Issue Report ● GOP Tax Law
For Immediate Release: 
June 7, 2018
Contact Info: 
Mariel Saez 202-225-3130
Nearly six-months after the GOP tax scam was enacted, Americans are seeing the negative impacts of the law:

The tax law is overwhelmingly benefiting wealthy investors and large corporations, while working families are seeing higher health care costs and losing coverage as a result of the law.

“ObamaCare premiums are expected to rise an average of 15 percent next year, an increase largely due to the GOP’s repeal of the law's individual mandate, according to a Congressional Budget Office (CBO) analysis released Wednesday. The CBO estimates that gutting the requirement that Americans have health insurance or face a tax penalty will contribute to about a 10 percent rise in premiums for 2019, with insurers expected to see healthier people dropping out of the marketplaces, leaving sicker enrollees on the plans.” [The Hill, 5/23/18]


The Republican tax law has reduced revenues that support the Medicare Hospital Insurance Trust Fund, and its repeal of the individual mandate will leave more Americans uninsured, increasing uncompensated care costs.  As a direct result, Medicare is now projected to become insolvent in just eight years, three years earlier than previously projected.

“Yesterday, we learned what happens when Republicans trying to rein in government tackle the tax side of the equation but not the spending side…. The result: a Medicare program that is projected to run out of money just eight years from now, in 2026That tax measure’s income tax cuts — combined with reduced payroll tax collections because of lowered wages last year — are the two main reasons for the worsening financial outlook for the part of Medicare that reimburses hospitals for caring for seniors and the disabled.” [Washington Post, 6/6/18]

While large corporations are using their tax windfall to enrich shareholders, small businesses that cannot afford tax lawyers are facing a great deal of uncertainty about how the law will affect them.

“Five months after massive federal tax changes became law, many small business owners still don’t know whether they’ll be winners or losers... Big corporations already know their tax rates are falling, and all businesses can get bigger deductions for equipment purchases. But small business owners and tax advisers are still waiting for the IRS to write regulations and guidelines explaining and enforcing many parts of the law that is itself more than 500 pages long…” [AP, 5/23/18]  


The GOP tax law is also resulting in less charitable giving, putting at risk the work of charities that provide critical assistance to low-income Americans.

Mike Geiger, CEO of the Association of Fundraising Professionals: “This situation simply isn't financially sustainable for the 1.5 million organizations that make up the charitable sector… Donors who give $50 - $250 annually are the mainstay of many charities that don’t have major gift programs. The slow, long-term drop in the number of these donors is jeopardizing the work and impact of many charities.” [CBS, 6/5/18]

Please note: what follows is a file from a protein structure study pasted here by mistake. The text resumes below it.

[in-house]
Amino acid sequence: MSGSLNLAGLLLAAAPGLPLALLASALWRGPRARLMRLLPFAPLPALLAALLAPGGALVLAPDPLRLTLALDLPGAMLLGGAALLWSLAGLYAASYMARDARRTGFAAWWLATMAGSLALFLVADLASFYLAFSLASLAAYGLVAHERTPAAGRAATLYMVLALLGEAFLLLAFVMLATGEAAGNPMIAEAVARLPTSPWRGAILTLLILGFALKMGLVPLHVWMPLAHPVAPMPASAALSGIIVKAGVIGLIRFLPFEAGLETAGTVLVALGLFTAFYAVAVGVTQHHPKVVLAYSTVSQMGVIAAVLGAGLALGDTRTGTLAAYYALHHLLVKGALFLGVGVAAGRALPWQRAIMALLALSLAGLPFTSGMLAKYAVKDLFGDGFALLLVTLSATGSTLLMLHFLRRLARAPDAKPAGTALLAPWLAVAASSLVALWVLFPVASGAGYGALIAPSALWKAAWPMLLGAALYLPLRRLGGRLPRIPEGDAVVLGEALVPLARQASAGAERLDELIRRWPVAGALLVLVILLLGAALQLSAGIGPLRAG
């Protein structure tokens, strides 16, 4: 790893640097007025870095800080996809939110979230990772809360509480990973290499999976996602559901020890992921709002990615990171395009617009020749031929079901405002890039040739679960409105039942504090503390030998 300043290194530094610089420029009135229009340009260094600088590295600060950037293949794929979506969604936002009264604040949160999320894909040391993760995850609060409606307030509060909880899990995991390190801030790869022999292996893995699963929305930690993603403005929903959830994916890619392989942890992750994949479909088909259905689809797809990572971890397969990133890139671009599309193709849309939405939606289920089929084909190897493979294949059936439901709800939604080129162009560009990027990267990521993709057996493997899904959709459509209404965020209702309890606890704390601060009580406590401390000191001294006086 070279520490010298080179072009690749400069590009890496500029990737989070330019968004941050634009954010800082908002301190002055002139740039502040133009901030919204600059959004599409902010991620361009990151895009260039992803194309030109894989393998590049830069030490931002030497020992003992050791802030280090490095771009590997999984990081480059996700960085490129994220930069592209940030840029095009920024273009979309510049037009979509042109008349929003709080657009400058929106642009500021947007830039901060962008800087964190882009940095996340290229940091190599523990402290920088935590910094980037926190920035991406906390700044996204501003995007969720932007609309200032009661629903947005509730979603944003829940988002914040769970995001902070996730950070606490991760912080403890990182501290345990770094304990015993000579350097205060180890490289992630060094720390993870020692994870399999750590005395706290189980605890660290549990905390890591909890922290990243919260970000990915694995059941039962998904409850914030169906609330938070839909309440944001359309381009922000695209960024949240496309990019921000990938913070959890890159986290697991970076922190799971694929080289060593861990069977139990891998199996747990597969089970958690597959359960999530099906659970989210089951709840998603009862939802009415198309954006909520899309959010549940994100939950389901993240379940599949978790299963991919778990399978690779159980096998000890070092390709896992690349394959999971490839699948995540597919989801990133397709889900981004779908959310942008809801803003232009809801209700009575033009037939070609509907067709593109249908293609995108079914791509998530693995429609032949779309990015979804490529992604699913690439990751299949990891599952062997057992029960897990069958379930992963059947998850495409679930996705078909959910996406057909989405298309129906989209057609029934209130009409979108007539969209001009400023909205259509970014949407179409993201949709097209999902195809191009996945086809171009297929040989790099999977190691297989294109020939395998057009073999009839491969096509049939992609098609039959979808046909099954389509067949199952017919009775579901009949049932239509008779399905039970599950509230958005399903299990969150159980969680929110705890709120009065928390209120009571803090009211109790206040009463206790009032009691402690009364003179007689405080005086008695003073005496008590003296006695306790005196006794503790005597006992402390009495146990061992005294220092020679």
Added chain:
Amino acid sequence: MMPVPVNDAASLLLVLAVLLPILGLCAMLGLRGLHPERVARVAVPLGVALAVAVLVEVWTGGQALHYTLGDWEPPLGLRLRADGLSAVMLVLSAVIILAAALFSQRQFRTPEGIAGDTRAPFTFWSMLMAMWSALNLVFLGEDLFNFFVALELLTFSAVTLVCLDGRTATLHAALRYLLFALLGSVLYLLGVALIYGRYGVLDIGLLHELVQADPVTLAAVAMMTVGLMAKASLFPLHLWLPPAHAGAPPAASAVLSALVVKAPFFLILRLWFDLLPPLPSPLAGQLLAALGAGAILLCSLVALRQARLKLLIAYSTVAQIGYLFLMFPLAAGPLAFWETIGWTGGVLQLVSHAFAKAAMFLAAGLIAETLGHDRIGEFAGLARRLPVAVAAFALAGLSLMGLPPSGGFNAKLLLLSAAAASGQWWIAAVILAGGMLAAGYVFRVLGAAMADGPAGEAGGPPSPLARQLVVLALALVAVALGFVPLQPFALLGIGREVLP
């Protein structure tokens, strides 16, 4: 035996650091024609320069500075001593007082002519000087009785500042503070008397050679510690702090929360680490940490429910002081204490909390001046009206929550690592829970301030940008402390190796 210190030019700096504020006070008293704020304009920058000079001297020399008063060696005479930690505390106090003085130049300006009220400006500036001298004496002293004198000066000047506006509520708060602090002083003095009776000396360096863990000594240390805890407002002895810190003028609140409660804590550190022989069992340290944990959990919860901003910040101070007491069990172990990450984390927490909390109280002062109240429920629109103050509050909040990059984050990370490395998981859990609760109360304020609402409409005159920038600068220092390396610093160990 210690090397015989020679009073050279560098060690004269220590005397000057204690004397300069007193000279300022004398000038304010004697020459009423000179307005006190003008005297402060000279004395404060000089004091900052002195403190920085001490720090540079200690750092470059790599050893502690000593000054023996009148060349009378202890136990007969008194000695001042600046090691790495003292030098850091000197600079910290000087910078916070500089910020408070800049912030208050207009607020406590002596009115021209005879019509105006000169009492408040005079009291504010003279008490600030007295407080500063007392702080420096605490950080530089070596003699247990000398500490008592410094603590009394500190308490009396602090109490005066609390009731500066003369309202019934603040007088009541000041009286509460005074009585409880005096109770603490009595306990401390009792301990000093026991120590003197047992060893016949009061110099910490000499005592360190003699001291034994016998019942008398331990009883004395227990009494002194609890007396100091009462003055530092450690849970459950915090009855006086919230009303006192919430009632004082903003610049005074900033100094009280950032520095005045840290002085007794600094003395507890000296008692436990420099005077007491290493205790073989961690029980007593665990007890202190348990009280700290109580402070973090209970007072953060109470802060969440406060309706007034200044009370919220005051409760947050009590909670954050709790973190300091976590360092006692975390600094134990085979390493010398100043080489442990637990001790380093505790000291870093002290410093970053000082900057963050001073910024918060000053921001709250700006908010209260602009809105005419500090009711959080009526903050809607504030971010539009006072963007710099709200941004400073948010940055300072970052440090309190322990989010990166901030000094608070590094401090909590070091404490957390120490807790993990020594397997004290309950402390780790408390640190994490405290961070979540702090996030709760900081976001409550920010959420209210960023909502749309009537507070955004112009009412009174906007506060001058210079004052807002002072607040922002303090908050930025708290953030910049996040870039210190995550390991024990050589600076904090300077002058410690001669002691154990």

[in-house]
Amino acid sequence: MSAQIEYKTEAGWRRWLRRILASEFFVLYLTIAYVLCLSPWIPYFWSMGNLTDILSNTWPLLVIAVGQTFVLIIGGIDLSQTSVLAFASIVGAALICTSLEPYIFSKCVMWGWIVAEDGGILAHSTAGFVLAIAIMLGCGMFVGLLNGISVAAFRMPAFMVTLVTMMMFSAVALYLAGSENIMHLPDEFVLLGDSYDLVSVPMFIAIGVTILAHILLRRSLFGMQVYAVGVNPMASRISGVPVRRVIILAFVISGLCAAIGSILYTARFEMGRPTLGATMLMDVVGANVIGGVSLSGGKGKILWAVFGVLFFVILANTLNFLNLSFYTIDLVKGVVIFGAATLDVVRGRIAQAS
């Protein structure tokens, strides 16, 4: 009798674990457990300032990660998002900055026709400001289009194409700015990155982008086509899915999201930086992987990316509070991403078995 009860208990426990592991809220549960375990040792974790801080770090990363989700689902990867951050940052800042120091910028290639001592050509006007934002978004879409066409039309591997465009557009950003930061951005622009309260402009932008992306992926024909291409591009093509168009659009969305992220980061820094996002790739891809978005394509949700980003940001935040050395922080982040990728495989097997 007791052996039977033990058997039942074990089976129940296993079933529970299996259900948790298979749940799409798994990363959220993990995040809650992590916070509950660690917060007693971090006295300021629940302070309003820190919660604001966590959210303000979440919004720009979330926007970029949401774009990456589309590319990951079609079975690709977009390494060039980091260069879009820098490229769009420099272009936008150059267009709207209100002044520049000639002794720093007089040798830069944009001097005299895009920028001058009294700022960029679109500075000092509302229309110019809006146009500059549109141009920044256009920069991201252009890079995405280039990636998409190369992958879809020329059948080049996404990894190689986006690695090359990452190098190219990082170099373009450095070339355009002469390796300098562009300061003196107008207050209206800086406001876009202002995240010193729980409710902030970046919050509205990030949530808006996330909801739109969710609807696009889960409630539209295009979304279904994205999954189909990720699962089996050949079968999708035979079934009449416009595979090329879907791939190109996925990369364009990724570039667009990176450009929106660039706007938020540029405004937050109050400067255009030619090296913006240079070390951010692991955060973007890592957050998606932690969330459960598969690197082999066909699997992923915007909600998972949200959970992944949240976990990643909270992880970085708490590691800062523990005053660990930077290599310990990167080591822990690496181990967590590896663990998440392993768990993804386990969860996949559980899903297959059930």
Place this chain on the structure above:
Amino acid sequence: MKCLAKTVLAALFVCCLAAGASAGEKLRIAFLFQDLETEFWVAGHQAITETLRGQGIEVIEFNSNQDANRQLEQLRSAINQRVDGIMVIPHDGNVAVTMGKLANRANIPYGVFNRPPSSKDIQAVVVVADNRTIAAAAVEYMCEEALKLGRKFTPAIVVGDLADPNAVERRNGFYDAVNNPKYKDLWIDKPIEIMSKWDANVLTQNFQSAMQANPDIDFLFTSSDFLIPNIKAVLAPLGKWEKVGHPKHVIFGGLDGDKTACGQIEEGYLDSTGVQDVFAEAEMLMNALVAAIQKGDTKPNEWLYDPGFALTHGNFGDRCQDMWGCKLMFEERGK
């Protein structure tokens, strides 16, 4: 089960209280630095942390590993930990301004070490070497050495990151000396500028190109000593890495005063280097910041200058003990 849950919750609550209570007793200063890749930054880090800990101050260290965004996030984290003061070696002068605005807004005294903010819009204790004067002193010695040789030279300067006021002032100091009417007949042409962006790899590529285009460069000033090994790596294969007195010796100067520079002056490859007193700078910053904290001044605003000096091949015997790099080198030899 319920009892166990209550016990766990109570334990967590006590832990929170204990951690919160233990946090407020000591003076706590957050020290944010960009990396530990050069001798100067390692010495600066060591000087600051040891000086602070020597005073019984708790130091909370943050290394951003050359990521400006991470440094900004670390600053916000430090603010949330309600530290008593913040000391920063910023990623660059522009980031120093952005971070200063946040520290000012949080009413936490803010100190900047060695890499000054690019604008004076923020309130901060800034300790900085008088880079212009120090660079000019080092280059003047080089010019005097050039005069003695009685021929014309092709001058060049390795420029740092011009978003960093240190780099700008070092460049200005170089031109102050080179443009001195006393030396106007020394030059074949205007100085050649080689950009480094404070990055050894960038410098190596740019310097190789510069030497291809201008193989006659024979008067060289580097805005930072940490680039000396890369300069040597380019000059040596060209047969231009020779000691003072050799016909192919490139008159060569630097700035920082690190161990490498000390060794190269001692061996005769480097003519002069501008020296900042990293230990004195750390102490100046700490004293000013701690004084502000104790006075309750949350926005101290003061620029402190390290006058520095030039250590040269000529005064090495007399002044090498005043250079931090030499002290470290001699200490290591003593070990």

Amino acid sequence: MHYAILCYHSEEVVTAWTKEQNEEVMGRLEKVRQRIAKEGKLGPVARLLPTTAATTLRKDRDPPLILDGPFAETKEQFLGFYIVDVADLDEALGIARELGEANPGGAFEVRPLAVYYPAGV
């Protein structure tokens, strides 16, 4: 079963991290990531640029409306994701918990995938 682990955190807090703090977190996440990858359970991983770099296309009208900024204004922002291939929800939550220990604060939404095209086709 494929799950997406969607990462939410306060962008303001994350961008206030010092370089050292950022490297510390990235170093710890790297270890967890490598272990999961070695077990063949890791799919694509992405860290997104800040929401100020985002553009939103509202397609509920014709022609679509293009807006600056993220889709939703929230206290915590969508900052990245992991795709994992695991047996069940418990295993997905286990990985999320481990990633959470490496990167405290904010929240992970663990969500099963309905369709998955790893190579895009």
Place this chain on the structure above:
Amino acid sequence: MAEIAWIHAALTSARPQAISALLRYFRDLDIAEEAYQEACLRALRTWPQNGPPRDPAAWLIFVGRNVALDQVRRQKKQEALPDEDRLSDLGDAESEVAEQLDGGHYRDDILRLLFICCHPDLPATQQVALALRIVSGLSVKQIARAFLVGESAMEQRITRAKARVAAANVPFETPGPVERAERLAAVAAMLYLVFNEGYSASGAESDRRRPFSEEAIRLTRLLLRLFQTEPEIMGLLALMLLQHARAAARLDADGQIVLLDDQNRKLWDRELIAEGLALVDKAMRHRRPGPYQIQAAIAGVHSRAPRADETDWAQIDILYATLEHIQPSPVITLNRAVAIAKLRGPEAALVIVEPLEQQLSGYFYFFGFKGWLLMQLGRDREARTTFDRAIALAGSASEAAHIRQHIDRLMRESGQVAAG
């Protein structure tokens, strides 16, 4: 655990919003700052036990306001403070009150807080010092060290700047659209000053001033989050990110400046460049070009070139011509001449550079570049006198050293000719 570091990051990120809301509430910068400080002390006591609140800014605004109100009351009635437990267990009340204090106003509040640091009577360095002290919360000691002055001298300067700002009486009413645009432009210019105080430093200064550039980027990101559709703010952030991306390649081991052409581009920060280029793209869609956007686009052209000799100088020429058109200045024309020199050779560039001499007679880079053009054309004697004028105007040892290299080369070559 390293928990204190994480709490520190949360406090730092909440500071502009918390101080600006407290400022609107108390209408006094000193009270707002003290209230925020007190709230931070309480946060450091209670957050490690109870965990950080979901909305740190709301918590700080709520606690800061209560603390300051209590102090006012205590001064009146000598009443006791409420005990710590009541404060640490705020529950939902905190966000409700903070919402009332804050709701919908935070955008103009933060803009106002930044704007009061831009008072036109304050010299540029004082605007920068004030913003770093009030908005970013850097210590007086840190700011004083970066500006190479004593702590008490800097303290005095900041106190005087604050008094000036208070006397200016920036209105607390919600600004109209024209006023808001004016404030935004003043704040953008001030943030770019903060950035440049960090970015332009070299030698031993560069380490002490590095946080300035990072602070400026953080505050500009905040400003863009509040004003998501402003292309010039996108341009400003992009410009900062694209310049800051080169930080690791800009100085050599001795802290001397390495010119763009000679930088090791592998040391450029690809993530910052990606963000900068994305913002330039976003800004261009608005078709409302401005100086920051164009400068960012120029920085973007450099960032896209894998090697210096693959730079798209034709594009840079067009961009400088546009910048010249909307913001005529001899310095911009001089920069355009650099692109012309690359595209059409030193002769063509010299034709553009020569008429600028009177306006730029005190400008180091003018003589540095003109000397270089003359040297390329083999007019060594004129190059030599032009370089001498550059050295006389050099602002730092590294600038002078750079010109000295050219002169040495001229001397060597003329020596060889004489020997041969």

Steve Taylor, Senior Vice President and Counsel for Public Policy at United Way Worldwide: “It's not going to be easy because there are some trends working against us such as the long, steady decrease in the number of middle-class individuals giving to charities.” [CBS, 6/5/18]


In addition, the law is leaving America’s family-owned businesses behind due to confusing language.

“…Treasury and the IRS are far from through in hearing from interested inside and outside parties about tax rules and guidance. Case in point: A bipartisan group of more than five dozen lawmakers wrote this week to the department and the tax collector with concerns that family-owned businesses organized as multiple companies, a not uncommon occurrence, might not get the full 20 percent deduction for pass-throughs that will be available to businesses that are a single entity.” [Politico, 6/7/18]
After jamming the tax law through the Congress – without holding a single hearing or hearing from a single witness about the impact of the law – Republicans included an error that hurts retailers.

“The business community is increasingly heaping the pressure on congressional tax writers to fix some of the unintended consequences from last year’s tax law, H.R. 1 (115)… Retailers and other business groups have been pressing for fixes to both the 'retail glitch,' which forces companies to write off internal building improvements over as long as a 39-year period, and on a separate issue with net operating losses.” [Politico, 6/7/18]

In addition to the “retailer glitch,” the bill includes an error affecting victims of sexual harassment in the workplace:

A misplaced word by Republican tax writers may mean that victims of accused sexual predators like Hollywood producer Harvey Weinstein also lose the ability to deduct their legal expenses… ‘I do think it will change how cases are litigated and settled,’ said Elisa Lintemuth, [an employment lawyer at Dykema Gossett in Grand Rapids, Michigan].” [Bloomberg, 6/5/18]

Click here to read the PDF. 

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